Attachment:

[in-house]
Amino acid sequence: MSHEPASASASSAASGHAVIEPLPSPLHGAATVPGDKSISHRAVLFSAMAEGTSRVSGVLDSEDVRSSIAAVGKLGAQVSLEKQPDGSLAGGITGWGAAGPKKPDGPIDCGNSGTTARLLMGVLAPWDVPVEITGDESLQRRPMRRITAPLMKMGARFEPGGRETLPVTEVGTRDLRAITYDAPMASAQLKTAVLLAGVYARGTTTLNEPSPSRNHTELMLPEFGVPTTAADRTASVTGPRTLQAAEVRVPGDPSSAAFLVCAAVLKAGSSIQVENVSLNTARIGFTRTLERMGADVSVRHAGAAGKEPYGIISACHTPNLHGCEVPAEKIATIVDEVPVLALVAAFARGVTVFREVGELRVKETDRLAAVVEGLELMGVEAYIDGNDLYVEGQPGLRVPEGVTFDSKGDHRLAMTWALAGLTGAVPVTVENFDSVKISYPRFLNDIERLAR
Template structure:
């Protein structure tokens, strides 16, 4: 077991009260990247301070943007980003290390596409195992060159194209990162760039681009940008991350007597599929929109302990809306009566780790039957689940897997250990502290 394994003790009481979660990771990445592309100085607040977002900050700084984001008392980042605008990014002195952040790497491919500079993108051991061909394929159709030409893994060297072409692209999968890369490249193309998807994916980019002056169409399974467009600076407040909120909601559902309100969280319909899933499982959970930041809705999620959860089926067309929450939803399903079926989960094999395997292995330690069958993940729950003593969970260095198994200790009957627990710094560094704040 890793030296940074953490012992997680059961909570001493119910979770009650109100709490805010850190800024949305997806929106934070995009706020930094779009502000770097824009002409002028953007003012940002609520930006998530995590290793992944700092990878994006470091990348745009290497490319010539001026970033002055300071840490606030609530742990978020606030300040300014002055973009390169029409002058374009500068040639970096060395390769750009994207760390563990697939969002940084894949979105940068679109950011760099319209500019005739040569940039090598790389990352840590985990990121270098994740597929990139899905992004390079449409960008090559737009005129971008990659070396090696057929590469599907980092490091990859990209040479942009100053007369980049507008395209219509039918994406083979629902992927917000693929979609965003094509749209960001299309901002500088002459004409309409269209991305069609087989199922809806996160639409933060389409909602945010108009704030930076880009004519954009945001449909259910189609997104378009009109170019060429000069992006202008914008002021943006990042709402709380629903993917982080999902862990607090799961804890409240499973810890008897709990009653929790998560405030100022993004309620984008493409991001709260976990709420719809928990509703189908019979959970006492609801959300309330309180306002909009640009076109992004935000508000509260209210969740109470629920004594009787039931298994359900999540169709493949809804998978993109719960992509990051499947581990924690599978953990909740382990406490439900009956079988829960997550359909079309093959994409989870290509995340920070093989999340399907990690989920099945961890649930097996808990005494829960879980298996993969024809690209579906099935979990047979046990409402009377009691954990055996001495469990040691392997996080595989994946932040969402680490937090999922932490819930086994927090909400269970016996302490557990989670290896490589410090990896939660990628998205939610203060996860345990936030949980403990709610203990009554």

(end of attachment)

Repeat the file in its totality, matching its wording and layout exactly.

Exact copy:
[in-house]
Amino acid sequence: MSHEPASASASSAASGHAVIEPLPSPLHGAATVPGDKSISHRAVLFSAMAEGTSRVSGVLDSEDVRSSIAAVGKLGAQVSLEKQPDGSLAGGITGWGAAGPKKPDGPIDCGNSGTTARLLMGVLAPWDVPVEITGDESLQRRPMRRITAPLMKMGARFEPGGRETLPVTEVGTRDLRAITYDAPMASAQLKTAVLLAGVYARGTTTLNEPSPSRNHTELMLPEFGVPTTAADRTASVTGPRTLQAAEVRVPGDPSSAAFLVCAAVLKAGSSIQVENVSLNTARIGFTRTLERMGADVSVRHAGAAGKEPYGIISACHTPNLHGCEVPAEKIATIVDEVPVLALVAAFARGVTVFREVGELRVKETDRLAAVVEGLELMGVEAYIDGNDLYVEGQPGLRVPEGVTFDSKGDHRLAMTWALAGLTGAVPVTVENFDSVKISYPRFLNDIERLAR
Template structure:
């Protein structure tokens, strides 16, 4: 077991009260990247301070943007980003290390596409195992060159194209990162760039681009940008991350007597599929929109302990809306009566780790039957689940897997250990502290 394994003790009481979660990771990445592309100085607040977002900050700084984001008392980042605008990014002195952040790497491919500079993108051991061909394929159709030409893994060297072409692209999968890369490249193309998807994916980019002056169409399974467009600076407040909120909601559902309100969280319909899933499982959970930041809705999620959860089926067309929450939803399903079926989960094999395997292995330690069958993940729950003593969970260095198994200790009957627990710094560094704040 890793030296940074953490012992997680059961909570001493119910979770009650109100709490805010850190800024949305997806929106934070995009706020930094779009502000770097824009002409002028953007003012940002609520930006998530995590290793992944700092990878994006470091990348745009290497490319010539001026970033002055300071840490606030609530742990978020606030300040300014002055973009390169029409002058374009500068040639970096060395390769750009994207760390563990697939969002940084894949979105940068679109950011760099319209500019005739040569940039090598790389990352840590985990990121270098994740597929990139899905992004390079449409960008090559737009005129971008990659070396090696057929590469599907980092490091990859990209040479942009100053007369980049507008395209219509039918994406083979629902992927917000693929979609965003094509749209960001299309901002500088002459004409309409269209991305069609087989199922809806996160639409933060389409909602945010108009704030930076880009004519954009945001449909259910189609997104378009009109170019060429000069992006202008914008002021943006990042709402709380629903993917982080999902862990607090799961804890409240499973810890008897709990009653929790998560405030100022993004309620984008493409991001709260976990709420719809928990509703189908019979959970006492609801959300309330309180306002909009640009076109992004935000508000509260209210969740109470629920004594009787039931298994359900999540169709493949809804998978993109719960992509990051499947581990924690599978953990909740382990406490439900009956079988829960997550359909079309093959994409989870290509995340920070093989999340399907990690989920099945961890649930097996808990005494829960879980298996993969024809690209579906099935979990047979046990409402009377009691954990055996001495469990040691392997996080595989994946932040969402680490937090999922932490819930086994927090909400269970016996302490557990989670290896490589410090990896939660990628998205939610203060996860345990936030949980403990709610203990009554």